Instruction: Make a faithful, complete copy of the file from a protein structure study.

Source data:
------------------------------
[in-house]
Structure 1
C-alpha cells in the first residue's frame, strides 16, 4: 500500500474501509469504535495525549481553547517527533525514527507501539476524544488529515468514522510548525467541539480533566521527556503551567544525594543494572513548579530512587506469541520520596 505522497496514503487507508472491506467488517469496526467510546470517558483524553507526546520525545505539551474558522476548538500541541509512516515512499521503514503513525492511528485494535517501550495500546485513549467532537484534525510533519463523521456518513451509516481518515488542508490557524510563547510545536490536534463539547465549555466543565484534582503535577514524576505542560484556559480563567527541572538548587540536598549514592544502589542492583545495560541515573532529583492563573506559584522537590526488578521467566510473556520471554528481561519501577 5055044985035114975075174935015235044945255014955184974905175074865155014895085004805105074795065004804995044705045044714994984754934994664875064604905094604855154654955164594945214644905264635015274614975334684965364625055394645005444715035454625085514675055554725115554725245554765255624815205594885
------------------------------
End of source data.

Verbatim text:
[in-house]
Structure 1
C-alpha cells in the first residue's frame, strides 16, 4: 500500500474501509469504535495525549481553547517527533525514527507501539476524544488529515468514522510548525467541539480533566521527556503551567544525594543494572513548579530512587506469541520520596 505522497496514503487507508472491506467488517469496526467510546470517558483524553507526546520525545505539551474558522476548538500541541509512516515512499521503514503513525492511528485494535517501550495500546485513549467532537484534525510533519463523521456518513451509516481518515488542508490557524510563547510545536490536534463539547465549555466543565484534582503535577514524576505542560484556559480563567527541572538548587540536598549514592544502589542492583545495560541515573532529583492563573506559584522537590526488578521467566510473556520471554528481561519501577 5055044985035114975075174935015235044945255014955184974905175074865155014895085004805105074795065004804995044705045044714994984754934994664875064604905094604855154654955164594945214644905264635015274614975334684965364625055394645005444715035454625085514675055554725115554725245554765255624815205594885